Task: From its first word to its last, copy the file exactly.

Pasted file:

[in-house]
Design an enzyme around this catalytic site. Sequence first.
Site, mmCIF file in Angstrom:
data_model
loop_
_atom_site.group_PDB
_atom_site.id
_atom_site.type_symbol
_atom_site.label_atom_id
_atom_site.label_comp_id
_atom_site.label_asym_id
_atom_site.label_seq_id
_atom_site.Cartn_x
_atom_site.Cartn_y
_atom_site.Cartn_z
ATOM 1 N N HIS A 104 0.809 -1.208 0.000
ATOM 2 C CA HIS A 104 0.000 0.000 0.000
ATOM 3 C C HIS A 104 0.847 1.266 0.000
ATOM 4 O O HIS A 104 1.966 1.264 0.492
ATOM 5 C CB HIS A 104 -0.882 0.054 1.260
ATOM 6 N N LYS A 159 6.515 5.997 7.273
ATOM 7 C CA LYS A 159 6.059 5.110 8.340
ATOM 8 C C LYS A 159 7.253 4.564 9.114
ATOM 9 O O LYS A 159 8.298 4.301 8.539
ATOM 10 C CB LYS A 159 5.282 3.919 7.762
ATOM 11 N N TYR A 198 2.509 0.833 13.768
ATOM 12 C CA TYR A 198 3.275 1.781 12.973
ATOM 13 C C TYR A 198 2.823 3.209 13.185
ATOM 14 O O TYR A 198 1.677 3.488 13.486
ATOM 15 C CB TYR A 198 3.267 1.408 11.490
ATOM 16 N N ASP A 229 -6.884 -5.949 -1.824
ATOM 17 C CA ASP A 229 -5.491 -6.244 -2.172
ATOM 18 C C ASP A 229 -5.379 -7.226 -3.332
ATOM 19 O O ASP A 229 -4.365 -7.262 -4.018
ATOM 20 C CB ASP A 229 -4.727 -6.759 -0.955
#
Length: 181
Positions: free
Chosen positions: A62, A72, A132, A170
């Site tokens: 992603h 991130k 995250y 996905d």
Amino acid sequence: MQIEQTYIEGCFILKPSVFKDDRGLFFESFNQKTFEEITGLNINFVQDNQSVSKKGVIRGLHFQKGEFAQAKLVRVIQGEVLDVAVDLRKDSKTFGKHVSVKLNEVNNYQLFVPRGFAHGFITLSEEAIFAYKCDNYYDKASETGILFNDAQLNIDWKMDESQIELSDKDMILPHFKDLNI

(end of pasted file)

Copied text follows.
[in-house]
Design an enzyme around this catalytic site. Sequence first.
Site, mmCIF file in Angstrom:
data_model
loop_
_atom_site.group_PDB
_atom_site.id
_atom_site.type_symbol
_atom_site.label_atom_id
_atom_site.label_comp_id
_atom_site.label_asym_id
_atom_site.label_seq_id
_atom_site.Cartn_x
_atom_site.Cartn_y
_atom_site.Cartn_z
ATOM 1 N N HIS A 104 0.809 -1.208 0.000
ATOM 2 C CA HIS A 104 0.000 0.000 0.000
ATOM 3 C C HIS A 104 0.847 1.266 0.000
ATOM 4 O O HIS A 104 1.966 1.264 0.492
ATOM 5 C CB HIS A 104 -0.882 0.054 1.260
ATOM 6 N N LYS A 159 6.515 5.997 7.273
ATOM 7 C CA LYS A 159 6.059 5.110 8.340
ATOM 8 C C LYS A 159 7.253 4.564 9.114
ATOM 9 O O LYS A 159 8.298 4.301 8.539
ATOM 10 C CB LYS A 159 5.282 3.919 7.762
ATOM 11 N N TYR A 198 2.509 0.833 13.768
ATOM 12 C CA TYR A 198 3.275 1.781 12.973
ATOM 13 C C TYR A 198 2.823 3.209 13.185
ATOM 14 O O TYR A 198 1.677 3.488 13.486
ATOM 15 C CB TYR A 198 3.267 1.408 11.490
ATOM 16 N N ASP A 229 -6.884 -5.949 -1.824
ATOM 17 C CA ASP A 229 -5.491 -6.244 -2.172
ATOM 18 C C ASP A 229 -5.379 -7.226 -3.332
ATOM 19 O O ASP A 229 -4.365 -7.262 -4.018
ATOM 20 C CB ASP A 229 -4.727 -6.759 -0.955
#
Length: 181
Positions: free
Chosen positions: A62, A72, A132, A170
């Site tokens: 992603h 991130k 995250y 996905d």
Amino acid sequence: MQIEQTYIEGCFILKPSVFKDDRGLFFESFNQKTFEEITGLNINFVQDNQSVSKKGVIRGLHFQKGEFAQAKLVRVIQGEVLDVAVDLRKDSKTFGKHVSVKLNEVNNYQLFVPRGFAHGFITLSEEAIFAYKCDNYYDKASETGILFNDAQLNIDWKMDESQIELSDKDMILPHFKDLNI